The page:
Looking towards the beginning of the play, it is obvious that something is amiss in Denmark (this being the sudden death of King Hamlet and Claudius’ ascension to the throne). Even the sentry guards are affected as they voice their feelings about the situation at hand. Francisco's sorrowful declaration that he is "sick at heart" (1.1.9) acts together with Marcellus's state...
... middle of paper ...
...e for more. Although the presence of this cancer-like corruption may seem inevitable, it can be combated through the use of the virtues of truth, self-control, and, most importantly, love, as demonstrated by the character of Horatio, the only main character survivor at the conclusion of the play.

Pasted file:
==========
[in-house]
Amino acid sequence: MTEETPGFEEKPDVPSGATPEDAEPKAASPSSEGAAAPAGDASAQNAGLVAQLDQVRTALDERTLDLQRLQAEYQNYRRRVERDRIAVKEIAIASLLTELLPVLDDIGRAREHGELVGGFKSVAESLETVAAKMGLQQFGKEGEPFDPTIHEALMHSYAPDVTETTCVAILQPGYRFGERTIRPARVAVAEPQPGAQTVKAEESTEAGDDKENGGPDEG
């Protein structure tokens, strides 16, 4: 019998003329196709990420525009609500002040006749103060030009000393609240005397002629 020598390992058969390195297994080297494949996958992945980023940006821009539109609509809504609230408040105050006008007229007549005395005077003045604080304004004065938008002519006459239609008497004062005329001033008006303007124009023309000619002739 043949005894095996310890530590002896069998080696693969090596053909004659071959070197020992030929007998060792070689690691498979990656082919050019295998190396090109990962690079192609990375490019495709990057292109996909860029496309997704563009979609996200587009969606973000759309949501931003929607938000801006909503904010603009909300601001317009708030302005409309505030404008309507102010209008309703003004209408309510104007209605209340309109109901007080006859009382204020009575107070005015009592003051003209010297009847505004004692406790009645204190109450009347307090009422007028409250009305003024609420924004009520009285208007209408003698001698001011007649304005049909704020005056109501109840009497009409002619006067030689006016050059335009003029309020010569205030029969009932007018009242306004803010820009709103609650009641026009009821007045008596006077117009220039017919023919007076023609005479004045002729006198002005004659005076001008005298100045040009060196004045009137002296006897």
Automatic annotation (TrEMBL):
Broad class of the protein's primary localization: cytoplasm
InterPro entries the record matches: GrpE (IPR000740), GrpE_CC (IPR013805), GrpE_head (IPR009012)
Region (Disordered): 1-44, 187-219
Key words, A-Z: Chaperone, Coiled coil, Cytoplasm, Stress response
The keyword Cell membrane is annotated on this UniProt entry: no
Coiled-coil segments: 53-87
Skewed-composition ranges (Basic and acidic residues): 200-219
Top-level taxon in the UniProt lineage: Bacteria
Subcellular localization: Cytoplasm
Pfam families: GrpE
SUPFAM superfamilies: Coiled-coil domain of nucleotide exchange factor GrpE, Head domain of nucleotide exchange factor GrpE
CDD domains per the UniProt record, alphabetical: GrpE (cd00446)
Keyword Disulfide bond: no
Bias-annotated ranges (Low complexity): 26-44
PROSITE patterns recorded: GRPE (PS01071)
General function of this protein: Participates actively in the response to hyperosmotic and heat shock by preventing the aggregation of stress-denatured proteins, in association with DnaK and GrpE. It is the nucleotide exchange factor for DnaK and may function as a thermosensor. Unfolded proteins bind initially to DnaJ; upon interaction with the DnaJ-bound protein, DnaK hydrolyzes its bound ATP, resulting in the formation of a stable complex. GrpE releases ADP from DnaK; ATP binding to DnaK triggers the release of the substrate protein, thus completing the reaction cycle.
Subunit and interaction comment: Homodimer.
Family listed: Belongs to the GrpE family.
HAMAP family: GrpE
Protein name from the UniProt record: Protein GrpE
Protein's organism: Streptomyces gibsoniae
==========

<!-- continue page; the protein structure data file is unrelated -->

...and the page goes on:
Altick, Richard D. "Hamlet and the Odor of Mortality." Shakespeare Quarterly Spring 1954:
167-76. JSTOR.Folger Shakespeare Library.Web. 13 Feb. 2014.
Johnson, Vernon E. Corruption in William Shakespeare's Hamlet. Detroit: Greenhaven, 2010.
Moriarity, Rob. "Shakespeare: Hamlet - Corruption Is an Incurable Disease." The London School
of Journalism. London School of Journalism, Oct. 2001. Web. 12 Feb. 2014.
Shakespeare, William. The Tragedy of Hamlet, Prince of Denmark. Ed. Barbara A. Mowat and
Paul Werstine. New York: Washington Square, 1992. Print.
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